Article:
Engaged shop staff and open store fronts contribute much to the atmosphere. The arcade feels like both a marketplace and a community.
Mamachari both with and without a child seat installed are a common sight.
Periodic openings in the the arcade give clear views down intersecting streets into the surrounding residential neighborhood. Wait, didn’t we just see a Matsumoto Kiyoshi inside the arcade?
Yes, we did. You cannot escape the pharmacy chain’s near blinding shop front displays.
We aren’t the only ones taking small children to accompany errands.
Goods merchants here target buyers looking for high-quality, but practical items. Which is perfect when you are trying to find new socks.
As with goods, the dining options are attractive but uncomplicated and casual. Nothing here will empty your wallet.
It’s not clear if the sock mission was successful, but we did find a really cool hat.
We have found the candy. It was only a matter of time.
Fun design touches are everywhere inside the arcade. The clock brace echoes the arch of the canopy, but also blends with the leafy green trees.
The three year old is drinking a tube of sugar water. This will end well.
I continue to observe this trend where supermarkets, once seen as at odds with shōtengai, are now locating within them, with relatively good mutual outcomes. Shōtengai can bolster their positioning as one-stop shopping districts by working with supermarkets, rather than fighting with them for business. Still, it would have been nice if the architect could have found a way to preserve continuity with the shōtengai canopy and push the windows closer to the center lane.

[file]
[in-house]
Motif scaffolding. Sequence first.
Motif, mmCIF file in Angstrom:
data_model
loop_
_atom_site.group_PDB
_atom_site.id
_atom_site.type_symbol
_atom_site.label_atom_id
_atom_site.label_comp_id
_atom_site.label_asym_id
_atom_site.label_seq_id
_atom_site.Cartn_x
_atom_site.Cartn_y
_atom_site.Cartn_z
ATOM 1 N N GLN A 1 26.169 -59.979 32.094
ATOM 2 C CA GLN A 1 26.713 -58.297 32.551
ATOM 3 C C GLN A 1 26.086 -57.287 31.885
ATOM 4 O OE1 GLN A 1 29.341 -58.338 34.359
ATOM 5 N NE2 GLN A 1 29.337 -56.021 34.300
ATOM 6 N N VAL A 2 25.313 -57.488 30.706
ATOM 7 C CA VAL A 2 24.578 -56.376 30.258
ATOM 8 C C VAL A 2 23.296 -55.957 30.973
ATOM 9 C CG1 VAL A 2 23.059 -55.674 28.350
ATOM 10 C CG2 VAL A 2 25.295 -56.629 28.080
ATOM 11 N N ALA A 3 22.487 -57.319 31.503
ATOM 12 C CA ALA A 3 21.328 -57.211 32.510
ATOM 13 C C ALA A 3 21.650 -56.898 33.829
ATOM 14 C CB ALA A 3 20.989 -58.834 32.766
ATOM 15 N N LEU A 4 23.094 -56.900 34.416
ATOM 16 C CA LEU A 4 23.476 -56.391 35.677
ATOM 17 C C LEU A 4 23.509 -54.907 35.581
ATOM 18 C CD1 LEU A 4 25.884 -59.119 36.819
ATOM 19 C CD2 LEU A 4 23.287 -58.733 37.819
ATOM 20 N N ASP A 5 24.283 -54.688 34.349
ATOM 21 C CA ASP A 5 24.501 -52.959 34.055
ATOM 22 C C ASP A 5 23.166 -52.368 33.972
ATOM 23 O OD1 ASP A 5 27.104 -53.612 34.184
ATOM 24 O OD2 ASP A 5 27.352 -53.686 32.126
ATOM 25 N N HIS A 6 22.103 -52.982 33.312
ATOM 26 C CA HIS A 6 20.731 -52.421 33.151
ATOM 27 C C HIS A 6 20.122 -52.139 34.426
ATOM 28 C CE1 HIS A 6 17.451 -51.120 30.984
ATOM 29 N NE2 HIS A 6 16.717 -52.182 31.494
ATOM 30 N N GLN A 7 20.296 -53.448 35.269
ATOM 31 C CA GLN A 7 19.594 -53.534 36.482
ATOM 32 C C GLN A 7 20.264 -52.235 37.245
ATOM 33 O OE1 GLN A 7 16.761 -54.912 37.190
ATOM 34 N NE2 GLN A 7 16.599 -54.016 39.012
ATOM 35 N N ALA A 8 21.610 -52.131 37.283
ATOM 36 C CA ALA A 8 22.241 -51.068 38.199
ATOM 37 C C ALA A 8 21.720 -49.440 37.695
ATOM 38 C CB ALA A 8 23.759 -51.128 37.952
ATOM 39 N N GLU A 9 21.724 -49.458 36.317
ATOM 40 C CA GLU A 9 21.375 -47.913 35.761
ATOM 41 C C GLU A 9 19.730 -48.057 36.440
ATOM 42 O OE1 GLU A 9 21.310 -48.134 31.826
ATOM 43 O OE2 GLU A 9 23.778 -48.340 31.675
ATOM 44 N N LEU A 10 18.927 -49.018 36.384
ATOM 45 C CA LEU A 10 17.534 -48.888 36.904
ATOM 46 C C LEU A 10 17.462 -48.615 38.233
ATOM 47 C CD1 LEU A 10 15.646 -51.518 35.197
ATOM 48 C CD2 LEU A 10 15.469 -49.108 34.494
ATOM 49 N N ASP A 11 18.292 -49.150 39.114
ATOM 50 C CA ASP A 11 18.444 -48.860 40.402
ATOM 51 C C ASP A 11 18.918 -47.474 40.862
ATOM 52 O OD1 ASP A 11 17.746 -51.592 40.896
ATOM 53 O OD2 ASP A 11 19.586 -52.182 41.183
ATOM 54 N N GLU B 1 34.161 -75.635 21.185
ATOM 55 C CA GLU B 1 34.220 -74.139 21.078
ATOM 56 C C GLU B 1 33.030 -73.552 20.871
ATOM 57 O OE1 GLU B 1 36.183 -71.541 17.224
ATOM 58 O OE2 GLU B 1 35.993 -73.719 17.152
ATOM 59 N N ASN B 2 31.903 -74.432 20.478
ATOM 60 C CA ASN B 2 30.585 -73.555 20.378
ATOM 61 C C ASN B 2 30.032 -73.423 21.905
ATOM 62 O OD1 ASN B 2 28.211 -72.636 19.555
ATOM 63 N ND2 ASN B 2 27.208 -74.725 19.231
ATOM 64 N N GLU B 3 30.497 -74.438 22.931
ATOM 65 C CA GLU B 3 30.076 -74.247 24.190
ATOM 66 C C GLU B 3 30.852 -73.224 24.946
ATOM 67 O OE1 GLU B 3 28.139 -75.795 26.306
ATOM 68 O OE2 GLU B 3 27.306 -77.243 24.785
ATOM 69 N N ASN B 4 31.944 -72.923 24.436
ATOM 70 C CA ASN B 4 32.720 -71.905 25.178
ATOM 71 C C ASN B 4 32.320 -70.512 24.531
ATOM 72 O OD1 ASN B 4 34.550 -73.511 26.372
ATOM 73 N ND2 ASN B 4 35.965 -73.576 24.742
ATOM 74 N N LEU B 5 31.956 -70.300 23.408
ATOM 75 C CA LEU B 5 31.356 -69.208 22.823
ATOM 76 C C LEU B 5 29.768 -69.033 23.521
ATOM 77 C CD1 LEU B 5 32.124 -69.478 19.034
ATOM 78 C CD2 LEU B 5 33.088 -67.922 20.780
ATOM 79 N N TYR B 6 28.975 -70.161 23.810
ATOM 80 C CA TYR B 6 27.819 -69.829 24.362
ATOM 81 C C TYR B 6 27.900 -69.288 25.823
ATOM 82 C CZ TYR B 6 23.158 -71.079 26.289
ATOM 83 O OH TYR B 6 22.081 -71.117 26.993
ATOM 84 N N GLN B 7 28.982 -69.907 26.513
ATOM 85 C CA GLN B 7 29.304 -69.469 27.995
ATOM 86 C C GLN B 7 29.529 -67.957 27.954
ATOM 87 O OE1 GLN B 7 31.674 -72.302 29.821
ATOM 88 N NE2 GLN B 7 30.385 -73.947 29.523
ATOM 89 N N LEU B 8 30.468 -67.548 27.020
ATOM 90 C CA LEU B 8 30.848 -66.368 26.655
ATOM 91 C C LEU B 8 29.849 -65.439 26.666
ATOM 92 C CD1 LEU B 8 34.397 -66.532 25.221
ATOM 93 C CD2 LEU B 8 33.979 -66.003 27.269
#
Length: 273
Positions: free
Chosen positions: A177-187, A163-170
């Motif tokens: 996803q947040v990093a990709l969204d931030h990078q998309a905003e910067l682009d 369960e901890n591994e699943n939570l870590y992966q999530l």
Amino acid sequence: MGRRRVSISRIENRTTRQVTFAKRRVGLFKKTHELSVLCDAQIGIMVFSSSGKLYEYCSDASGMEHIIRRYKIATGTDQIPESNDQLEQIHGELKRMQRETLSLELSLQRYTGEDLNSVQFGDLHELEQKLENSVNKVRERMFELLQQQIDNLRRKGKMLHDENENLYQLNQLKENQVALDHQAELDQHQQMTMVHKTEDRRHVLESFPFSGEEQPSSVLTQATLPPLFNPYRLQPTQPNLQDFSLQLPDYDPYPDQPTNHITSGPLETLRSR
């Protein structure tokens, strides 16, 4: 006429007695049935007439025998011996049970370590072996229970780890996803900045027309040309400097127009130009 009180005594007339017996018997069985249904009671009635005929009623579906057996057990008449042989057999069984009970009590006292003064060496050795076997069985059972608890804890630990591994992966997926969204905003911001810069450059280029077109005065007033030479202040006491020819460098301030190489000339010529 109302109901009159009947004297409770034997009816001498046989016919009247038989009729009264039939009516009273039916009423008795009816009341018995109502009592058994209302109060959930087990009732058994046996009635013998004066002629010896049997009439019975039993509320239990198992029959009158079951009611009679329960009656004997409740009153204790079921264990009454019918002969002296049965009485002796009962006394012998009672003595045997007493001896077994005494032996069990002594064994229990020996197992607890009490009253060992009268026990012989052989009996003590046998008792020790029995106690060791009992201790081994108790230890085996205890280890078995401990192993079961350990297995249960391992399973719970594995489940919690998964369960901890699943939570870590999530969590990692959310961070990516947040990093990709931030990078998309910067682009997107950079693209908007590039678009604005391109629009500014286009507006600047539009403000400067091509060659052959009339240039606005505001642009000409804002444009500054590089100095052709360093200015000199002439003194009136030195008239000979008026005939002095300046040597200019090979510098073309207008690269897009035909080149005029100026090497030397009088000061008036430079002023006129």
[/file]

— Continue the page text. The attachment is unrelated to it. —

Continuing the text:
Closing business sale at a shoe store
More sugar. Awesome.
A corner location enables a large wrap around fruit and vegetable display to chew on the edges of the streets.
The facade of the Akabane Iwabuchi Junior High School was renovated to better connect with the arcade as part of the shōtengai improvement strategy.
Another shōtengai continues the line from the arcade on the opposite side of the east entrance.
I wasn’t looking for it at the time, thus unfortunately did not take a photo, but one of the most surprising amenities at La La is near its east entrance, just past the red awning on the right side. Lala-chan no Ouichi (ララちゃんのおうち) is a combination of short-term child care facility and community center. Parents can leave children here with certified staff while they shop or receive services in the shōtengai. Parents can also visit just to rest, feed or change an infant, and attend organized parenting classes. In the evening, the space also hosts all members of the community for dinners and other social events. Lala-chan is operated by a nonprofit organization. Installing the facility in what was a vacant business space was part of the shōtengai activation strategy.
Oranges on special promotion come with free gossip.
I hope to raise a child that is curious about the world and enjoys participating in the community around her. Having a safe space to let her walk freely without holding an adult’s hand is an almost impossible to find luxury in China. La La Garden was a great way to start our week together in Tokyo, and the first of several opportunities I had to understand what these urban commons look like when you’re less than 100cm tall.
This post is part of The Tokyo Project, Volume 3. Click here to go to the introduction and table of contents.